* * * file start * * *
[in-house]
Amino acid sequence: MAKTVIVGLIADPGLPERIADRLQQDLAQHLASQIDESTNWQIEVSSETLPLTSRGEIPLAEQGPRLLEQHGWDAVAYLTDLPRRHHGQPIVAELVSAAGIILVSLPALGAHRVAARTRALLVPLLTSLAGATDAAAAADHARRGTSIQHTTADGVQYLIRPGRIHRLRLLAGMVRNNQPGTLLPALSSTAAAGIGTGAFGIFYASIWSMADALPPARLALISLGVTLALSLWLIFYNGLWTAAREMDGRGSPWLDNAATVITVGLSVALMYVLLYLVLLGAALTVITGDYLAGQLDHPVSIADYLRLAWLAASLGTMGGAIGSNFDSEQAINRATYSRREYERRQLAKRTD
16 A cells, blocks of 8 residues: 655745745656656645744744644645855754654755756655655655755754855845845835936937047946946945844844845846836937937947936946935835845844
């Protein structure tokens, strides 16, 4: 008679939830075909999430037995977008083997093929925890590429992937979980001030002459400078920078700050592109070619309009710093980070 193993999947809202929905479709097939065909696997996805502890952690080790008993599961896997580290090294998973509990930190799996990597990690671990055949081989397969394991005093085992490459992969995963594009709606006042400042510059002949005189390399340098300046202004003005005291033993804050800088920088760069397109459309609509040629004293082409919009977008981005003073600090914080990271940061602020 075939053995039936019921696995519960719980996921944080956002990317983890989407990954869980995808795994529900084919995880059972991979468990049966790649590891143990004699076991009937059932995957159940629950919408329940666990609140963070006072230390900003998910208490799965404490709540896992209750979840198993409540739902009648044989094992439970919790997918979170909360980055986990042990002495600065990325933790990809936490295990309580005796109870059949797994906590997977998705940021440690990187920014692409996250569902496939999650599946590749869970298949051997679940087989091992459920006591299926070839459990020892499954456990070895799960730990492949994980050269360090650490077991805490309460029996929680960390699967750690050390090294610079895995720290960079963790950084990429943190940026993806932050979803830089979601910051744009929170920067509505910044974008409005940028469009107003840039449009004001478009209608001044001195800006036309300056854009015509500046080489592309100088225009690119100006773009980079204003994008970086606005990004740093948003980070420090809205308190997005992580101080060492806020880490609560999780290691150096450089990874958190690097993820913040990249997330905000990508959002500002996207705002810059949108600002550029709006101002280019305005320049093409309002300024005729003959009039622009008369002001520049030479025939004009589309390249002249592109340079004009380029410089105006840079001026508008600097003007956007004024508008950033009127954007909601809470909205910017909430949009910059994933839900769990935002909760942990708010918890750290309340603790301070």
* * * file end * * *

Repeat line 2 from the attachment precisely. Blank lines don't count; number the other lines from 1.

Amino acid sequence: MAKTVIVGLIADPGLPERIADRLQQDLAQHLASQIDESTNWQIEVSSETLPLTSRGEIPLAEQGPRLLEQHGWDAVAYLTDLPRRHHGQPIVAELVSAAGIILVSLPALGAHRVAARTRALLVPLLTSLAGATDAAAAADHARRGTSIQHTTADGVQYLIRPGRIHRLRLLAGMVRNNQPGTLLPALSSTAAAGIGTGAFGIFYASIWSMADALPPARLALISLGVTLALSLWLIFYNGLWTAAREMDGRGSPWLDNAATVITVGLSVALMYVLLYLVLLGAALTVITGDYLAGQLDHPVSIADYLRLAWLAASLGTMGGAIGSNFDSEQAINRATYSRREYERRQLAKRTD